First time with Radu Jude. Apparently blends the director’s own biography with the titular semi-autobiographical work by Max Blecher, a Romanian writer who associated with the surrealists while writing from an extended and terminal stay at a sanatorium.
Most obvious strength is the use of fragments from MB’s writings (idk whether from Scarred Hearts itself or from other texts) as intertitles illustrating or undercutting the film. The way they provide commentary on scenes and snapshots is vaguely comparable to Notes on Blindness in the uncertainty of whether text illuminates visual or vice versa. In general, Emmanuel (as he is named here and in SB the book, I believe) does follow a vaguely Magic Mountain trajectory of immersion in the sanatorium’s rhythmic society, while his notes detail the psychosomatic trajectory of his deterioration. This play between the often bleak and psychologically harrowing texts and E’s more colourful and fulfilled physical life often surfaces in eddies and incongruities in the film: a prophetic fragment from Shelley on sinking and expiring, traced reverently in MB’s real notebook (we presume) over the credits, is later echoed warmly by a drunken song shared between patients, then later still in MB’s notes when he imagines the entire sanatorium drifting away into the sea and sinking like Atlantis.
The striking 4:3 framing with rounded edges comes over rather twee initially, especially since it’s mismatched with true-colour HD visuals, rendering the impression of old-time photographs (there’s a montage pre-credits) incomplete. However, the meditative camerawork and editing does suggest the fixity both of long-exposure flashbulb photography and of E’s straightjacketed immobility in his cast: he is often framed centrally and at mid-depth, while more mobile patients or orderlies bustle at the fringes or in the background. Coupled with notably repetitious adoption of fixed vantage points throughout the sanatorium, this visual stasis does lend to the sense of hauntological anachronism which is maintained by the often Caretaker-like literary fragments: “the impression that nothing is real” “the feeling of immense abandonment“. Evoking Solzhenitsyn’s Cancer Ward or Haneke’s Amour, E’s (MB’s) sense of human physical fragility grounds the film in a patient (geddit) study of illness and failed convalescence: “he felt very glued together” is a succinct evocation of his delicacy and the importance of the doctors who seem to have assembled him. When syringes extract shocking quantities of pus from an abscess, E screaming, “a claw sank in” as if he were Prometheus undergoing daily torture. Not all the reflections are so traumatic; again, they often communicate the erosive tedium of hospital life: “The washed out day goes on, boiling with illnesses, trifles and discouragement.” Think I prefer E’s perspective to Hans Castorp’s: “There’s nothing more stupid than the pride of suffering.”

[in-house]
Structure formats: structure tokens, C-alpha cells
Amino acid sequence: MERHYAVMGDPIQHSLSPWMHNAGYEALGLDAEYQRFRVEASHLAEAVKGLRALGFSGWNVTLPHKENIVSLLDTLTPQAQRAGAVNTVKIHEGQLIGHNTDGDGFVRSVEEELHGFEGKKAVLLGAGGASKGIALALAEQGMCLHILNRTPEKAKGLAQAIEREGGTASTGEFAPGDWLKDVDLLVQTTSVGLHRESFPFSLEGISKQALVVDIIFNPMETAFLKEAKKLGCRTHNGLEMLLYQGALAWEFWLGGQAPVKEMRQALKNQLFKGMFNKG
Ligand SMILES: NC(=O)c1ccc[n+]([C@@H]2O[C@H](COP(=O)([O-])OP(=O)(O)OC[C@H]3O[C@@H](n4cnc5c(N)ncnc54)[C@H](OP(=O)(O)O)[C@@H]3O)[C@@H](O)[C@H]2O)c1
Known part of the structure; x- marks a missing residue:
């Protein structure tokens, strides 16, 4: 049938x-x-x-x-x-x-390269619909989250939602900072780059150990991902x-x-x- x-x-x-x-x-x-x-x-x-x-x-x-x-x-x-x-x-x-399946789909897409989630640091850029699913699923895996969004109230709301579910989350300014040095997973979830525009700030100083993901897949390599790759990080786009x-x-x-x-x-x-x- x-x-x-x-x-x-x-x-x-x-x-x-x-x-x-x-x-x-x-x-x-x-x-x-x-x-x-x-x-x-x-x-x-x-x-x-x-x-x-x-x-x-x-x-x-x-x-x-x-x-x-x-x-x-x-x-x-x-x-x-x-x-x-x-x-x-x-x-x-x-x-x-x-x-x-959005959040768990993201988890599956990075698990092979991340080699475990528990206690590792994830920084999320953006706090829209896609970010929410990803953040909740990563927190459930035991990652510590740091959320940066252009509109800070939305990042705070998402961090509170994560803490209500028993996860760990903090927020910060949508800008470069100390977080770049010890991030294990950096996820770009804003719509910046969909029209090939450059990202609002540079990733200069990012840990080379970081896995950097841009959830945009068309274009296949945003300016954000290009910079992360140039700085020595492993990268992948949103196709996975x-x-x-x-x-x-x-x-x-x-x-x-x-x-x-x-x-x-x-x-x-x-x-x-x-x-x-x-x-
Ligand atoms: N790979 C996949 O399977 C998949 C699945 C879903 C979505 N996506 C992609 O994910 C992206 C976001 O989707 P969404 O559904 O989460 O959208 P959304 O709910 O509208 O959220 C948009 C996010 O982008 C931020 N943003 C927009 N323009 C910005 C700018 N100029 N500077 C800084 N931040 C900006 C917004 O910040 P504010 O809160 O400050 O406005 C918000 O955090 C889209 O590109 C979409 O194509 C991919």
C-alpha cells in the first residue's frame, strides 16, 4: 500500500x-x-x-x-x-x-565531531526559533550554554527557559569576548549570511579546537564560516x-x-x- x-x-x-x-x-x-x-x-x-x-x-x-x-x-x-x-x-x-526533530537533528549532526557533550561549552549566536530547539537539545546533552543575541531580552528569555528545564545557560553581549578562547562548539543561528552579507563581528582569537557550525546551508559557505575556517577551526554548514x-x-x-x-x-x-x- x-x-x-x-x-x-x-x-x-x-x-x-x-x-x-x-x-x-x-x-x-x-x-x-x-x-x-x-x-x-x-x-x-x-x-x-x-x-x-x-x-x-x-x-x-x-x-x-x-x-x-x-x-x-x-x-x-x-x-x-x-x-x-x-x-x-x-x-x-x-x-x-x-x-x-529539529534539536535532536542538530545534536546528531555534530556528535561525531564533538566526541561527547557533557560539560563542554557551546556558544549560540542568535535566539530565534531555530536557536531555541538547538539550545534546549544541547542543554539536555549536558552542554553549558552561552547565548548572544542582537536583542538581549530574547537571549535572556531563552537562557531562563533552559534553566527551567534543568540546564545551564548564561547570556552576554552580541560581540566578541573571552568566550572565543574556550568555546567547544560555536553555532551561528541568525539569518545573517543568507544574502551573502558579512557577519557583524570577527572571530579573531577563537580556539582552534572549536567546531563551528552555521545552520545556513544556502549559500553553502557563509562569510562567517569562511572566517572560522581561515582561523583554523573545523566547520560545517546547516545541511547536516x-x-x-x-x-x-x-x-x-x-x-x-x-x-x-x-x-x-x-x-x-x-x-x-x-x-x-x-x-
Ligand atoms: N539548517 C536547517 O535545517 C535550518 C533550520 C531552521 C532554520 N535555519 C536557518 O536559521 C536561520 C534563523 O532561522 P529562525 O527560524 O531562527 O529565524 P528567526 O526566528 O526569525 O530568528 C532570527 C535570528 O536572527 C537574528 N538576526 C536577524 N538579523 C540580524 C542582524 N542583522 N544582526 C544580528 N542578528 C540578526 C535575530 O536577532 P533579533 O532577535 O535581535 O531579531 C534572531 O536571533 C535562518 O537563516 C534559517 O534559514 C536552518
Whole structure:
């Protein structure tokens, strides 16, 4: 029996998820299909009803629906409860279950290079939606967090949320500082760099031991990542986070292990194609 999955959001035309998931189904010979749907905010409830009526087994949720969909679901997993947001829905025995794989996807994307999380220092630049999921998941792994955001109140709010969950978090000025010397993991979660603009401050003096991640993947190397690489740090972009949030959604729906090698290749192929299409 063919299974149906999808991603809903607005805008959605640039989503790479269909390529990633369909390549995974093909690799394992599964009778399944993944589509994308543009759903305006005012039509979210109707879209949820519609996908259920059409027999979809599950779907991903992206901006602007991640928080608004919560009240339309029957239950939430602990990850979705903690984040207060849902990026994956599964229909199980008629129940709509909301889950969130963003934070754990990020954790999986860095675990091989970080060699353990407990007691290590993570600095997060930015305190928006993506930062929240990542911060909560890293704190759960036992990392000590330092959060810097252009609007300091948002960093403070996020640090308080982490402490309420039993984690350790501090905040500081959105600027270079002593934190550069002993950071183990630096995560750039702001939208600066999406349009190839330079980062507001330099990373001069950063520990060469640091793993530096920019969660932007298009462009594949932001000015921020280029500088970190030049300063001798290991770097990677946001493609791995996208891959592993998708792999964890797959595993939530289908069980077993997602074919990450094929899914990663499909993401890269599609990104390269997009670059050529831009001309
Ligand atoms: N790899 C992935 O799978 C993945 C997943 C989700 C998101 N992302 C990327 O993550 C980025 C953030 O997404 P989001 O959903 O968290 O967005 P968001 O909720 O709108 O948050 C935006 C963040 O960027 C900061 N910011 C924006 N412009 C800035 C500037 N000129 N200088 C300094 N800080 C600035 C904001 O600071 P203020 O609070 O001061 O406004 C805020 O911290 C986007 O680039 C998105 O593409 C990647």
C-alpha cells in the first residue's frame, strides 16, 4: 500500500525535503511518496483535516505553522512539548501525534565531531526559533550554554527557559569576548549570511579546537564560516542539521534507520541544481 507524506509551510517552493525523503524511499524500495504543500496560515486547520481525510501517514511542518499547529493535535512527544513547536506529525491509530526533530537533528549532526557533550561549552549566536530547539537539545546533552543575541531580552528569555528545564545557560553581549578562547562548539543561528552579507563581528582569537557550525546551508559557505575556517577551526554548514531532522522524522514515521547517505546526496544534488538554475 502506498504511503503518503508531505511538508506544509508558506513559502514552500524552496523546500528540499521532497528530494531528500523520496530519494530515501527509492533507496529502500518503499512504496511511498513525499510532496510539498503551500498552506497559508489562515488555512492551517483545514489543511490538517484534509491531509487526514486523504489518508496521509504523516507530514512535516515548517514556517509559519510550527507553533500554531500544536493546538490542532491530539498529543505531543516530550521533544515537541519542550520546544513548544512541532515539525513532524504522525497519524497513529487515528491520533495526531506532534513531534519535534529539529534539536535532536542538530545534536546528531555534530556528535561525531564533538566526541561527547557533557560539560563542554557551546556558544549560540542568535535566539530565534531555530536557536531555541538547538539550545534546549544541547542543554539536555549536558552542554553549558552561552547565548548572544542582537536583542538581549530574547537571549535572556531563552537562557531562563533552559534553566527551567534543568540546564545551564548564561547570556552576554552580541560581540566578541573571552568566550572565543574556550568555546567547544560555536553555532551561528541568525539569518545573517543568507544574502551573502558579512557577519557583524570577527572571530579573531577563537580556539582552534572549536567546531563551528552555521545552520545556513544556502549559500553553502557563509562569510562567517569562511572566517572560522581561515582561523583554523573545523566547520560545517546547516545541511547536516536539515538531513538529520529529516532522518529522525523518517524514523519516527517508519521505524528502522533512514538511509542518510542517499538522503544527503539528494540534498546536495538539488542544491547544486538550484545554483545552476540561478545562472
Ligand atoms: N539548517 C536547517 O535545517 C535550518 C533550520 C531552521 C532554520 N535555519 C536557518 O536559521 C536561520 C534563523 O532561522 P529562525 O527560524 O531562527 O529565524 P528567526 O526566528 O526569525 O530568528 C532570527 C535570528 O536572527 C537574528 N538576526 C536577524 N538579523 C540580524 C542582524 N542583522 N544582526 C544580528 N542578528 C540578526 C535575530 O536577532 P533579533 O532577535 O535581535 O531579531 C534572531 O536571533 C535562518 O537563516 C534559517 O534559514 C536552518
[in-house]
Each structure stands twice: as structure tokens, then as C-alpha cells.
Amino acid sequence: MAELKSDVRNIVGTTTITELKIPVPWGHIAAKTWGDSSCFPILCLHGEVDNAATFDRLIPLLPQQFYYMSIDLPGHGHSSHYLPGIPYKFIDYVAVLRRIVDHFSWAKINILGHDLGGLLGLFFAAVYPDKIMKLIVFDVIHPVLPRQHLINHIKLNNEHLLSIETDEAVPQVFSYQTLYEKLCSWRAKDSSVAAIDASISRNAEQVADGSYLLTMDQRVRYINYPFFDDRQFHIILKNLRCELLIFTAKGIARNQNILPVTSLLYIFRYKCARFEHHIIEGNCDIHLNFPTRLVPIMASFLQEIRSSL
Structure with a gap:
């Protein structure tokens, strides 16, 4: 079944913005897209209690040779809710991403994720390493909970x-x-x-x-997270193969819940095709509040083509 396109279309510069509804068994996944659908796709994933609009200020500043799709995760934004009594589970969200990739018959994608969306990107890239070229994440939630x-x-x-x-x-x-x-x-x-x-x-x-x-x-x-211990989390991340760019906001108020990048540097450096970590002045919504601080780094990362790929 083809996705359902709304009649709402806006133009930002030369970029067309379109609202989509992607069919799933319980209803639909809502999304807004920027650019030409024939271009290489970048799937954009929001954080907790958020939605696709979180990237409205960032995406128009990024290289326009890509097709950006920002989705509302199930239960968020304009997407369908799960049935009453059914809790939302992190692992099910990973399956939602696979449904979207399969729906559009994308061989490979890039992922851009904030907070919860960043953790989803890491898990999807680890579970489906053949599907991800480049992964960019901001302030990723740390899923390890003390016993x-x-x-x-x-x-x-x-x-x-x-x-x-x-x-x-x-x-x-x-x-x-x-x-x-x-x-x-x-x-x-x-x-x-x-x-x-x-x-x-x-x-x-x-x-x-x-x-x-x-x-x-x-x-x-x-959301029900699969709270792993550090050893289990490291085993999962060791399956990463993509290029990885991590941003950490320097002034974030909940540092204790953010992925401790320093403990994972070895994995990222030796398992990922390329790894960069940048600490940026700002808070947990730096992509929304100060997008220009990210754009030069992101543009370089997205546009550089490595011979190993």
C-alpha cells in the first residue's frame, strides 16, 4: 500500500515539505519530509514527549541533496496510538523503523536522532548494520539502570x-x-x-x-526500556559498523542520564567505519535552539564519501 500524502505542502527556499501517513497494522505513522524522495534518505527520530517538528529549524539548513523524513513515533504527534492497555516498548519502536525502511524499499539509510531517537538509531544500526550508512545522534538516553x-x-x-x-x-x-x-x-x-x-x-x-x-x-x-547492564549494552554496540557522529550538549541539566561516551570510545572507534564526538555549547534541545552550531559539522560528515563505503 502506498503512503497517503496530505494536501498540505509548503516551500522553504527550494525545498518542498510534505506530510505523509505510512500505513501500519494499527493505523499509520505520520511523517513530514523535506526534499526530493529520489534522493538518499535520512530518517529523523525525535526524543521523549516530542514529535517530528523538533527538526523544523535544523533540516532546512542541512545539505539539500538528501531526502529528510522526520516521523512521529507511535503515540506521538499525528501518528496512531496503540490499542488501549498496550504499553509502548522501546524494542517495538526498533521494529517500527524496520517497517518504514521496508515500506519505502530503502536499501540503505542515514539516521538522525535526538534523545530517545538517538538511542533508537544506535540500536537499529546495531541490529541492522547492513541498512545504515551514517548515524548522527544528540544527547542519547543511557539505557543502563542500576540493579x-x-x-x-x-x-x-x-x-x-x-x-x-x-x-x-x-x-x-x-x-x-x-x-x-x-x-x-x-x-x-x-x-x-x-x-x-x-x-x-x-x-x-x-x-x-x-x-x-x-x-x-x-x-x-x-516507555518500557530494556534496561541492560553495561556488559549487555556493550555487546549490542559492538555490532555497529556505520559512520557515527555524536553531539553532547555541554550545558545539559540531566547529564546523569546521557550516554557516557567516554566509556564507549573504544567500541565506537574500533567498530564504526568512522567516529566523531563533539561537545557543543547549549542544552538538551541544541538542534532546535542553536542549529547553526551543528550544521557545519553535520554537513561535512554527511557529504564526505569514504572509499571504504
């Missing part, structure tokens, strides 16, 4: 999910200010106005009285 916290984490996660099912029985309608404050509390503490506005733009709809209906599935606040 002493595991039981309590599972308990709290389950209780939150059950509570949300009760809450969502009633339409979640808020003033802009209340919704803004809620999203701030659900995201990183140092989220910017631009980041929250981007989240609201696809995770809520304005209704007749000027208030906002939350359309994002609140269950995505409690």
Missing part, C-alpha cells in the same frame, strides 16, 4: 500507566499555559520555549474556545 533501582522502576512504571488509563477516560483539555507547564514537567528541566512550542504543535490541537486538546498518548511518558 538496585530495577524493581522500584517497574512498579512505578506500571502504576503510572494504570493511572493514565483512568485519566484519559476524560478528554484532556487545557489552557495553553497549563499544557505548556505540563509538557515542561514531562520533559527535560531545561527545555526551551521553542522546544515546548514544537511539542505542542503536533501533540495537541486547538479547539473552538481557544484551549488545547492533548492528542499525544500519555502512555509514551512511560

I like the way weighty real-world conversations float through the narrative, snagging on E’s quite romantic and lyrical but still attractive perspective: heated discussions about nascent “hitlerism” and Emile Cioran, debate over the significance of the afterlife to piety, disturbing sketches of political turbulence in Romania whose evocations of civil unrest and rife antisemitism make the sanatorium seem an attractively amniotic haven. Amniotic except E will not be born, rather he is slowly fading; a visit from his parents who proudly boast to a nurse of his prodigious childhood writings is particularly poignant.
Not a film with great peaks or troughs; casts its spell over a full two hours with some restrained performances and an emphasis on rhythm and flow. Notable shots are often momentary: late on, when E’s life is diminishing fast, nurses tuck in him under a duvet which they accidentally cast up over his face like a shroud before hurriedly folding it back. The initial encouragement of his father, mocking his own impending infirmity in old age with an impression of delirium, hangs over these later scenes with increasing absurdity.
A distinctively poignant portrait of a writer and his time.